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Rebuilding the deteriorating United States infrastructure, one of the least eyecatching issues being discussed on Capitol Hill, is of more necessity than anyone in Congress is willing to let on. In 2007, the I-35W Mississippi River Bridge collapsed, killing 13 and injuring scores more. Parts of New Orleans were wiped from the map and thousands died when Hurricane Katrina made landfall in 2005; much of the destruction was due to the catastrophic failure of the levee system. Granted, these are “worst-case” scenarios. However, the reality is that the nation’s highways and railways; stations and ports; and water and wastewater systems are all crumbling to one degree or another.

As pointed out by the above examples, ignoring these problems is endangering the public, threatening the United States’ economic prosparity, and, as many economists and news pundits have been quick to point out, resulting in missed job-creation opportunities at a time when the nation’s unemployment rate is hovering near 10%. On point, the American Recovery and Reinvestment Act of 2009 (ARRA), colloquially known as the stimulus plan, was signed into law by President Barack Obama in February, 2009. The package set aside roughly $81 billion (certainly nothing to sneeze at, but a proverbial drop in the bucket compared to what is really needed) for infrastructure investment, most of which was earmarked for the construction of “hard” infrastructure and government facilities and headed directly to construction, engineering, heavy equipment, and building materials companies. However, by the time it was passed, Wall Street was already betting big that ARRA would spark an economic recovery and raise corporate profits. Infrastructure-related stocks were some of the first to take off; shares of companies like AECOM Technology (ACM), Fluor (FLR), Sterling Construction (STRL), Martin Marietta Materials (MLM), Astec Industries (ASTE), and Caterpillar (CAT) all rose sharply in the months following the selloff that occurred in November, 2008. The prevailing wisdom was that the federal government would spend on things such as infrastructure to stave off a deeper recession and create jobs.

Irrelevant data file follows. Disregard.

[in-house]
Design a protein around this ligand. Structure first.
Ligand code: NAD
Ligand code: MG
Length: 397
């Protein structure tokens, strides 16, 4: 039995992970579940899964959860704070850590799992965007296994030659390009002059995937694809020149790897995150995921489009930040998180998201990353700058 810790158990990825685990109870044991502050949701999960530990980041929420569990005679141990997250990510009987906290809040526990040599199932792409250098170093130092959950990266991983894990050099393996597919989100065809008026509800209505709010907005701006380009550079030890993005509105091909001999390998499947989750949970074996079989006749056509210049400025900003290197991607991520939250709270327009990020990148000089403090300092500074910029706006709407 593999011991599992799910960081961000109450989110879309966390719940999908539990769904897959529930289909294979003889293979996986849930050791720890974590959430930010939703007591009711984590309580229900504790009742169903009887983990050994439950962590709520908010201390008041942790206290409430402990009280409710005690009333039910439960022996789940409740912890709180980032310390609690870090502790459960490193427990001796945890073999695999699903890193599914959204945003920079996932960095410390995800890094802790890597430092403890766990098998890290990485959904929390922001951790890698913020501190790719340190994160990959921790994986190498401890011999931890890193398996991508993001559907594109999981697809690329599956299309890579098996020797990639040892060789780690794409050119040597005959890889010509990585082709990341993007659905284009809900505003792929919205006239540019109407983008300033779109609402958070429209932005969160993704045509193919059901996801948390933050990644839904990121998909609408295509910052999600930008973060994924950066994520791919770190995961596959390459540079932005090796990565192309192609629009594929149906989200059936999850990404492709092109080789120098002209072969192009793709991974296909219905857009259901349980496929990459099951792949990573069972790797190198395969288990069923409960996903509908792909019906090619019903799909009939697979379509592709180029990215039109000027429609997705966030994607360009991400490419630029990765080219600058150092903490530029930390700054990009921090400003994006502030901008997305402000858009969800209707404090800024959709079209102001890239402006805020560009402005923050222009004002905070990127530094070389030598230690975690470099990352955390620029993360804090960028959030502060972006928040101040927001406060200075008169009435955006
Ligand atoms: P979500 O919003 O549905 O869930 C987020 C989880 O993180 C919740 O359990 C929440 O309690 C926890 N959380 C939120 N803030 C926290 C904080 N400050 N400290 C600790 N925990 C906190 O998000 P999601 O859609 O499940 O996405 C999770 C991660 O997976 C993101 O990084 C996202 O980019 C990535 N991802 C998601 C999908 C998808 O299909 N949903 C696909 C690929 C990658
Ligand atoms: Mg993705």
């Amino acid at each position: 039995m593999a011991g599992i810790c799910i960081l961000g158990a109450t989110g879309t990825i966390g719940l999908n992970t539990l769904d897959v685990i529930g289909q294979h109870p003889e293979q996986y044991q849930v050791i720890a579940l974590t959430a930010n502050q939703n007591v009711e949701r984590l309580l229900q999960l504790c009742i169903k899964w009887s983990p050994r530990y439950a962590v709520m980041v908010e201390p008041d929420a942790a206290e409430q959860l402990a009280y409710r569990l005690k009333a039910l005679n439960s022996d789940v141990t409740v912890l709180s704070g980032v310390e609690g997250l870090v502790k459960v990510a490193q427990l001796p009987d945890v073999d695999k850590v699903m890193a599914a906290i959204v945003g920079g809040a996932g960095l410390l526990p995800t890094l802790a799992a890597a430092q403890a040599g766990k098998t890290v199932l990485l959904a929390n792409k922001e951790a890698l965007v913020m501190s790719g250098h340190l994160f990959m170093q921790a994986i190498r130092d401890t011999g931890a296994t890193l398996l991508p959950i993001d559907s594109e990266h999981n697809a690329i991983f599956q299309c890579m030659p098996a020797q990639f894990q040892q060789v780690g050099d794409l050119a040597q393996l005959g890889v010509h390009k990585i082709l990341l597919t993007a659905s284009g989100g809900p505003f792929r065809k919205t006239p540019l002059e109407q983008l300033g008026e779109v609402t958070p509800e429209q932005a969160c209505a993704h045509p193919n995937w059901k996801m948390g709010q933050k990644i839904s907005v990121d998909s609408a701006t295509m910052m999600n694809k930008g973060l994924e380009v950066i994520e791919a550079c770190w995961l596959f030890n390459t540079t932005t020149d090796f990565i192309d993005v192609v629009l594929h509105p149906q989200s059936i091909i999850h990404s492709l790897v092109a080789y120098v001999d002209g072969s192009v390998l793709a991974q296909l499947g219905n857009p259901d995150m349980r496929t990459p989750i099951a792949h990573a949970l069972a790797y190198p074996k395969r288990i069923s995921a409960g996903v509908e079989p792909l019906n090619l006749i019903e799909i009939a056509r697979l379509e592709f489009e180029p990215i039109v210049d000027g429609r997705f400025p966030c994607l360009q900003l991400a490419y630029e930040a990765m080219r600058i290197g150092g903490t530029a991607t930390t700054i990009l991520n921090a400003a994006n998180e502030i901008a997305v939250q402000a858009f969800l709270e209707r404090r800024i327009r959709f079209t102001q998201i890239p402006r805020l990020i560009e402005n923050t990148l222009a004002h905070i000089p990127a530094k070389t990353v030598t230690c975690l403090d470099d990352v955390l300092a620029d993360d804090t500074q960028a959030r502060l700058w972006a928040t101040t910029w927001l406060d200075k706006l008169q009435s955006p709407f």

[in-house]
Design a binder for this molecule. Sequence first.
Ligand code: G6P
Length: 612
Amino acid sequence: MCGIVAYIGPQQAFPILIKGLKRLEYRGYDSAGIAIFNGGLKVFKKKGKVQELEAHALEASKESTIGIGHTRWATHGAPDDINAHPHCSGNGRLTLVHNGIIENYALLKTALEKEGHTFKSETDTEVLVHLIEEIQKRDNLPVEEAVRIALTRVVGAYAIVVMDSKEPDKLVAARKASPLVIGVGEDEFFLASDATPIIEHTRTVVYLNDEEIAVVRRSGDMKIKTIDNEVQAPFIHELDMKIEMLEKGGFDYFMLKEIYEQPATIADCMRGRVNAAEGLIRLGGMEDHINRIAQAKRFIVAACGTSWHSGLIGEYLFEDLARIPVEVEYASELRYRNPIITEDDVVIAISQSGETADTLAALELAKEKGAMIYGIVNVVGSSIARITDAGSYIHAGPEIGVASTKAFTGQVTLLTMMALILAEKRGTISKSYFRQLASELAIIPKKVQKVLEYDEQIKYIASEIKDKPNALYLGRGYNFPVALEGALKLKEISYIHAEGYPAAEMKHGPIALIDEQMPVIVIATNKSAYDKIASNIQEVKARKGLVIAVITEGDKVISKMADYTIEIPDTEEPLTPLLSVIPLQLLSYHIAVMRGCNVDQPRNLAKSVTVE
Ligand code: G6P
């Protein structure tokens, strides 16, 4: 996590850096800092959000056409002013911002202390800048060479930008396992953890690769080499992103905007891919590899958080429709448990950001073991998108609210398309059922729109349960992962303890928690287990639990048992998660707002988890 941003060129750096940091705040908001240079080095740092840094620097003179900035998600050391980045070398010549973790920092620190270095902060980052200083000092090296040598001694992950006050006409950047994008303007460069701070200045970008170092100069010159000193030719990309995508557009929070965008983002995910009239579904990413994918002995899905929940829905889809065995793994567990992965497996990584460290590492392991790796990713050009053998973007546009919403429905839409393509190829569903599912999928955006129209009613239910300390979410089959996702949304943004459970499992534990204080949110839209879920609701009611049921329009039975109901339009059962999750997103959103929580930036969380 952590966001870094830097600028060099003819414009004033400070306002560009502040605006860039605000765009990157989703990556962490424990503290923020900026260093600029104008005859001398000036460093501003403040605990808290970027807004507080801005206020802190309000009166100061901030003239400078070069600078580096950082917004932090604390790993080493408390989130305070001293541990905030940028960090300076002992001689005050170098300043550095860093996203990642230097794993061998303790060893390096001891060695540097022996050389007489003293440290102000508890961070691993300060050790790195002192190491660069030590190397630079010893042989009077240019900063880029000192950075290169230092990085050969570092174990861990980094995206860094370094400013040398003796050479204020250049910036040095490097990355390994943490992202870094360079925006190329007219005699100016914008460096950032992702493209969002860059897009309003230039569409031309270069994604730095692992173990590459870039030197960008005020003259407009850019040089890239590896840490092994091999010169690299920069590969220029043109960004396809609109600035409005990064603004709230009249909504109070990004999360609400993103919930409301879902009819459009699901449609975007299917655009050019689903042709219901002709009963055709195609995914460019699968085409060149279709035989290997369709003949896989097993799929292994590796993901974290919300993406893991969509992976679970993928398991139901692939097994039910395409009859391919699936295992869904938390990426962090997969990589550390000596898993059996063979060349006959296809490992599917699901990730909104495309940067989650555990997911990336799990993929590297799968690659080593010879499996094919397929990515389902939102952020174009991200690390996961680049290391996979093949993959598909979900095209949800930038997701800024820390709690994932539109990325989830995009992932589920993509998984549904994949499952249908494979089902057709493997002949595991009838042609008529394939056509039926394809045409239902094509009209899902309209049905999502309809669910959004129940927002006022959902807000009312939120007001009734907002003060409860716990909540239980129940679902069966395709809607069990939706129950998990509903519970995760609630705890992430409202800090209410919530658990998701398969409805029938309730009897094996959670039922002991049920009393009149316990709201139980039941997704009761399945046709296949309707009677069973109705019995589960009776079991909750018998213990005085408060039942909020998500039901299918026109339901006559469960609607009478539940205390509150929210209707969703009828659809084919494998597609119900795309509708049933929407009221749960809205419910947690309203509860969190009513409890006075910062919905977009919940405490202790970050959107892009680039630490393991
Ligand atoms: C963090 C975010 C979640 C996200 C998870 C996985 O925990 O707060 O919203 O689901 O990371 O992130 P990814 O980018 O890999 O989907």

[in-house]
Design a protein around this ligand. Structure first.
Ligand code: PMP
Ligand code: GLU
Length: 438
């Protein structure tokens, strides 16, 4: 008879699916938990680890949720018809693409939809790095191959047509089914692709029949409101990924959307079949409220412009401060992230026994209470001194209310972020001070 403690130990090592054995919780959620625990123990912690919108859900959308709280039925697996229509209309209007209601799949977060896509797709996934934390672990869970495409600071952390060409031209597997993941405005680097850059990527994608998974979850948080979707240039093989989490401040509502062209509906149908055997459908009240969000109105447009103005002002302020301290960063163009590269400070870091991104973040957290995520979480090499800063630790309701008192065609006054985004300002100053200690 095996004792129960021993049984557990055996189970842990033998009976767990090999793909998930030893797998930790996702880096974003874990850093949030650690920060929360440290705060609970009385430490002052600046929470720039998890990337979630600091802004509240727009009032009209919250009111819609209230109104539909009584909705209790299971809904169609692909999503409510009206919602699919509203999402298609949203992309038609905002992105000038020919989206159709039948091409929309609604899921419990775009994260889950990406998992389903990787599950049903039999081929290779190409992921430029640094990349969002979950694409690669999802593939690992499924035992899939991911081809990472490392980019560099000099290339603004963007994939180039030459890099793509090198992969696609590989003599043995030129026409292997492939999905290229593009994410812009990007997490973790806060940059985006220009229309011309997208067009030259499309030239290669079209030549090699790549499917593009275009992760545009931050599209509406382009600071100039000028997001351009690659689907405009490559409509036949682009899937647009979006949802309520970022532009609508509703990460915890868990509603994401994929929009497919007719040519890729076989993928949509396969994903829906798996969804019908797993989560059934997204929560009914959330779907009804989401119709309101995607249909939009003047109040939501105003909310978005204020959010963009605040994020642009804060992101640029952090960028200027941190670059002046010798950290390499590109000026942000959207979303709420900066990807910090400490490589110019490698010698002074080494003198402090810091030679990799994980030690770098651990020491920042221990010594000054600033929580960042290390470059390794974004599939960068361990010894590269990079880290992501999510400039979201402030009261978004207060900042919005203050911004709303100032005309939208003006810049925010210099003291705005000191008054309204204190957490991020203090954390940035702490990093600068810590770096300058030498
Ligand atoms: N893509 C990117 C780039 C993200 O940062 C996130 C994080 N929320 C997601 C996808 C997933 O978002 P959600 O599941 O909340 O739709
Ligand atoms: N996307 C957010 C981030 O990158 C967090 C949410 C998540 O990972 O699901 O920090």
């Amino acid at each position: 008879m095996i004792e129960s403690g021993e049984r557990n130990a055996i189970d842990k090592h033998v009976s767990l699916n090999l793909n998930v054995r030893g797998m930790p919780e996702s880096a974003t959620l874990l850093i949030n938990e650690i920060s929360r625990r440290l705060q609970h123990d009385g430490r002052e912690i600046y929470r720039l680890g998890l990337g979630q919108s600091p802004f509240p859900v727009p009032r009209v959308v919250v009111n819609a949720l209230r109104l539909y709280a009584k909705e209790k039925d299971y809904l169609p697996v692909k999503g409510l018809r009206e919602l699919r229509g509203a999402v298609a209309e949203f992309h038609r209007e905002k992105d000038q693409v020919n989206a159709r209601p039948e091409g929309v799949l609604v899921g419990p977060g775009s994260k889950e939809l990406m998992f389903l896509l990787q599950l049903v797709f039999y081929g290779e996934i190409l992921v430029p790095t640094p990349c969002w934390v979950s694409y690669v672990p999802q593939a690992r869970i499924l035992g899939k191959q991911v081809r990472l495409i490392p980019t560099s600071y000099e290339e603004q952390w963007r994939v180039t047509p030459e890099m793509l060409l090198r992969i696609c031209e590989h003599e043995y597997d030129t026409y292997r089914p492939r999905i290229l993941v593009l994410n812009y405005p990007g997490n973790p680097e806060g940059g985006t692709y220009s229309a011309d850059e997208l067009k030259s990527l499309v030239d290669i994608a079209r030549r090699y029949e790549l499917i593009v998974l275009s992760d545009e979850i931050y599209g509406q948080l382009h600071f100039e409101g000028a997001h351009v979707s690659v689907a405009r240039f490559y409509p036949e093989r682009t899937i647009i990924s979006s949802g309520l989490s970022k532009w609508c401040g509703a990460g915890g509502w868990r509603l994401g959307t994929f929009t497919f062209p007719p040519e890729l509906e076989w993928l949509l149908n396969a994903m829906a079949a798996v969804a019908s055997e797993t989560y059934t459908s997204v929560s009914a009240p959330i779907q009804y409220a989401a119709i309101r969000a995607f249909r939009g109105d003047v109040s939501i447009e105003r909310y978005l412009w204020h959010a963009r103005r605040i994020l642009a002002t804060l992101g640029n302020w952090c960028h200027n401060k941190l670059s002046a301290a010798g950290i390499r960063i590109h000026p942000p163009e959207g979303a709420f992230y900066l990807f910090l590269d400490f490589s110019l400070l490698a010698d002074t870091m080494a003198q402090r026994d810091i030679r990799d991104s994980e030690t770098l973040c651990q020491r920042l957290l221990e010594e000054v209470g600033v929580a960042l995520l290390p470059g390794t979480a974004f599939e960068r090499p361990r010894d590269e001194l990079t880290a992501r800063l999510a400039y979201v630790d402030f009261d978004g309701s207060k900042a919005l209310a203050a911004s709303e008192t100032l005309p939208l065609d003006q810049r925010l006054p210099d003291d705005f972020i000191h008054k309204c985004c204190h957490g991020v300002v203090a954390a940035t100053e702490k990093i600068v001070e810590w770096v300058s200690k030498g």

Of course, the aforementioned run did not last, and all of the infrastructure-related equities began falling back to earth when quarterly profit comparisons remained unfavorable. Investors quickly recognized that even though the federal government is spending about $81 billion on infrastructure-construction and -improvement projects, the money gets funneled through state and local municipalities. Unfortunately for engineering, building materials, machinery, and construction companies, most of the 50 states in the Union are in awful financial shape. In fact, not only were state and local governments reluctant to spend the money given to them by the federal government via ARRA, most were busy cutting public works programs and other infrastructure projects to make up for budget shortfalls. So, at present, fewer blueprints are being drawn up, a declining number contractors are being hired, roadbuilding and other heavy equipment orders are being put on hold, and less cement and aggregates are being shipped from kilns and quarries.

It was not long after investors realized that the 50 states are in control of infrastructure spending that Wall Street figured out that the stimulus money would lead to increased competition among the sectors’ top players, thereby erasing much of the profit that could be squeezed out of any given project. (This bit is only relevant when looking at the contractors and engineering companies.) Indeed, it did not take long for the firms in the Heavy Construction Industry to start bidding wars across the United States, pressuring already razor-thin operating and profit margins. Making matters worse, we surmise smaller (usually private) companies began submitted bids that only covered costs just to stay in business, which only happens when supply far exceeds demand.